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In this article, we examine the science and policy implications of the common factors perspective (CF; Frank & Frank, 1993; Wampold, 2007). As the empirically supported treatment (EST) approach, grounded in randomized controlled trials (RCTs), is the received view (see Baker, McFall, & Shoham, 2008; McHugh & Barlow, 2012), we make the case for the CF(More)
Recent empirical evidence of deterioration during both nonbehavioral and behavioral marital and family therapy is presented. While the frequency of patient worsening in marital-family therapy does not appear to exceed that previously found for individual psychotherapy, the acceptability of the evidence for negative effects in the treatment of systems may be(More)
Guidelines for Evidence-Based Treatments in Family Therapy are intended to help guide clinicians, researchers, and policy makers in identifying specific clinical interventions and treatment programs for couples and families that have scientifically based evidence to support their efficacy. In contrast to criteria, which simply identify treatments that(More)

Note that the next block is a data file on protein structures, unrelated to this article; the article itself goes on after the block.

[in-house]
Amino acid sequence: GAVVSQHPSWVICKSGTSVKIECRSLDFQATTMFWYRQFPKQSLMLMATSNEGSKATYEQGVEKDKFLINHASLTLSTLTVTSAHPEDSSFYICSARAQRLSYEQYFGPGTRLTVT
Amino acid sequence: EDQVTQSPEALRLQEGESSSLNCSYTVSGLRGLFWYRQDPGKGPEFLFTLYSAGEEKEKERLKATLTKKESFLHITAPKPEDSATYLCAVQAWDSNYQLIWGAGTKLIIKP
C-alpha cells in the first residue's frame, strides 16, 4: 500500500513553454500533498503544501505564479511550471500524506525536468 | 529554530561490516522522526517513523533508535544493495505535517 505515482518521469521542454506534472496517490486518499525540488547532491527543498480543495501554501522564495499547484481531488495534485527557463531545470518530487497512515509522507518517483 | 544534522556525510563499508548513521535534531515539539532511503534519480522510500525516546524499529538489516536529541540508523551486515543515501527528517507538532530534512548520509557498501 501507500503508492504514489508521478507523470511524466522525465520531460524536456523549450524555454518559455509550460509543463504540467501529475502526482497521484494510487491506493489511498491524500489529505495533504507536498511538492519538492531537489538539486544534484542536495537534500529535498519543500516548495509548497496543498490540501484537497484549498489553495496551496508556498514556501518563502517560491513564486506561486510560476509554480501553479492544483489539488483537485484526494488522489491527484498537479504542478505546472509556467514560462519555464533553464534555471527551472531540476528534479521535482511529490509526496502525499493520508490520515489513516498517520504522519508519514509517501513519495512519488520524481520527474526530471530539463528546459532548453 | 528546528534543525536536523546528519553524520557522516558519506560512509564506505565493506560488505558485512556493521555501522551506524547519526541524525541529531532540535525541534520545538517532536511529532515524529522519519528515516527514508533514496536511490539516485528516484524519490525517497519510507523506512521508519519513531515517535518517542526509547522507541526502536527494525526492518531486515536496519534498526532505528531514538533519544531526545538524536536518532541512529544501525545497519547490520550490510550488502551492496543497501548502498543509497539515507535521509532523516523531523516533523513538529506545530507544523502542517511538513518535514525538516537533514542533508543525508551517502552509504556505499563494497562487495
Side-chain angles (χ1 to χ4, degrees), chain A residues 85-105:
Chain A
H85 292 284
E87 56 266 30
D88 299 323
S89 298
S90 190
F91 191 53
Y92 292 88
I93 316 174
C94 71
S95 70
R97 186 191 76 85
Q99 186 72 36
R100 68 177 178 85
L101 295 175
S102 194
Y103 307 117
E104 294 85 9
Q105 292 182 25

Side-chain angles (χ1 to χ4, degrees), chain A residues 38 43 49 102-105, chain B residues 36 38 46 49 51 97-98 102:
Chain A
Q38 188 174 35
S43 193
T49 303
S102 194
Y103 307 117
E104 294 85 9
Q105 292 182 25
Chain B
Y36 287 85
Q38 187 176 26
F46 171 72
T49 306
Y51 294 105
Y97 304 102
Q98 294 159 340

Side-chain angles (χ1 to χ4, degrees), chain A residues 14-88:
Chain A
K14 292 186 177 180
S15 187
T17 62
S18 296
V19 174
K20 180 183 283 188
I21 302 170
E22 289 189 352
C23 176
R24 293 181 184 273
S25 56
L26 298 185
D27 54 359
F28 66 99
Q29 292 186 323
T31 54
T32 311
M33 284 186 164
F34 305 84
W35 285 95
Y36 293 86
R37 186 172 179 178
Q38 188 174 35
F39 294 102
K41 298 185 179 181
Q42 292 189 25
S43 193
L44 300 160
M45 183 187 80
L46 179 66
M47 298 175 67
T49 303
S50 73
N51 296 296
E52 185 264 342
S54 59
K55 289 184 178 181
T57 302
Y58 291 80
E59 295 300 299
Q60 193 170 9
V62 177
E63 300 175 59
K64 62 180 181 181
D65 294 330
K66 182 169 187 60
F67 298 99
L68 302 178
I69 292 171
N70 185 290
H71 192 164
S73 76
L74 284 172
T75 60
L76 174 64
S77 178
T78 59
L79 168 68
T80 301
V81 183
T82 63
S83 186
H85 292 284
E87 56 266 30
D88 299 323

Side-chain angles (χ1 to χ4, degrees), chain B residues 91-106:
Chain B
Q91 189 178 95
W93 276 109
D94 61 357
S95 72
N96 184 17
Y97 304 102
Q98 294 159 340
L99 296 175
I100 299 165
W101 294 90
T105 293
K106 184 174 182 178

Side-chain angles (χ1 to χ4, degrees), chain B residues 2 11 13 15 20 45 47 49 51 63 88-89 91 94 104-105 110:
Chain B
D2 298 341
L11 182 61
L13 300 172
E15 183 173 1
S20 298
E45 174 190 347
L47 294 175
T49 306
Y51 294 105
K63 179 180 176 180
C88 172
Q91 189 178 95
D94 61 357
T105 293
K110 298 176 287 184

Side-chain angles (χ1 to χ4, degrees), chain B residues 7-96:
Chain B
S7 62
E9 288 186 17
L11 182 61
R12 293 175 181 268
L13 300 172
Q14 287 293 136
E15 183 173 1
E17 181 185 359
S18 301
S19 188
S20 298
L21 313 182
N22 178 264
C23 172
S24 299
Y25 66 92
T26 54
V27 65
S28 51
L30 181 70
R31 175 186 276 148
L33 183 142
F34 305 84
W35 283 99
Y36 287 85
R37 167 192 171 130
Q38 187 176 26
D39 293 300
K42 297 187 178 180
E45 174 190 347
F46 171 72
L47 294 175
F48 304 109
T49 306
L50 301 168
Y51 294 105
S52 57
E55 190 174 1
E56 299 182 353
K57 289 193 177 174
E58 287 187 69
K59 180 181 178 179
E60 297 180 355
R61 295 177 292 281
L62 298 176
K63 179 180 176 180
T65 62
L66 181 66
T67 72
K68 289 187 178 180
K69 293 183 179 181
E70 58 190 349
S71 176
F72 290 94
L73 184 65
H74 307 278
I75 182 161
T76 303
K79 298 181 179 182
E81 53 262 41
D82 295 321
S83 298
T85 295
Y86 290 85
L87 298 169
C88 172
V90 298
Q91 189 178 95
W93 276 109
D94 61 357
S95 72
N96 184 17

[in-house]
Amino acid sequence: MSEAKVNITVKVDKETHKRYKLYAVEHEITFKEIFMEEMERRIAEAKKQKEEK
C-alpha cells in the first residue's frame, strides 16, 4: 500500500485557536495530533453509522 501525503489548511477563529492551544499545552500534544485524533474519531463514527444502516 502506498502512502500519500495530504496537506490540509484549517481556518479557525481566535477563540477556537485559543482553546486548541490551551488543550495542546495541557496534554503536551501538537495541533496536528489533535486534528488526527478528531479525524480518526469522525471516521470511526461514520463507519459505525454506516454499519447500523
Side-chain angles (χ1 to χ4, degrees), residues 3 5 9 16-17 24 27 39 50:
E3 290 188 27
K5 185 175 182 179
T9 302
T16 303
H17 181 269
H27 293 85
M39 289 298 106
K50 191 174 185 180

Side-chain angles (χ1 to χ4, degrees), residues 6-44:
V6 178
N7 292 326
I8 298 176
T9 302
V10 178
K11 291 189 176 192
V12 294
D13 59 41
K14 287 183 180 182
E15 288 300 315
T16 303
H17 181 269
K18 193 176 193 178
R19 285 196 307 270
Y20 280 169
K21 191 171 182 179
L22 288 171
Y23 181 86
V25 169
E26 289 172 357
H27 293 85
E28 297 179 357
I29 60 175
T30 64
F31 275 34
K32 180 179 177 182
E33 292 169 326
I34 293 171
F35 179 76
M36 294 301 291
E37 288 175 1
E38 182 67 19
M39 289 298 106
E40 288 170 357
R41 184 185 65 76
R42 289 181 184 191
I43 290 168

After briefly summarizing the major theoretical premises and treatment strategies of Behavioral Marriage Therapy (BMT), five major clusters of implicit assumptions in BMT are identified and critically examined: I. "The Rational Observing Ego Shall Conquer All"; II. "Behavior Should Not Mean, But Be"; III. "What's Sauce for the Goose is Sauce for the(More)
As has been true in every other realm of psychotherapy, couple therapy research generally has had very little impact on the day-to-day practice of couple therapists. To a significant degree, this unfortunate disconnection may be attributable to an overemphasis by researchers in the field on treatment packages and therapeutic methods/techniques. Insufficient(More)
Two recent published reviews of research on behavioral marriage therapy stimulated us to supplement these accounts with additional relevant data. First, we place research on behavioral couples therapy in the broader context of outcome research on nonbehavioral marital therapy. We then summarized the results of 23 studies of behavioral couples therapy not(More)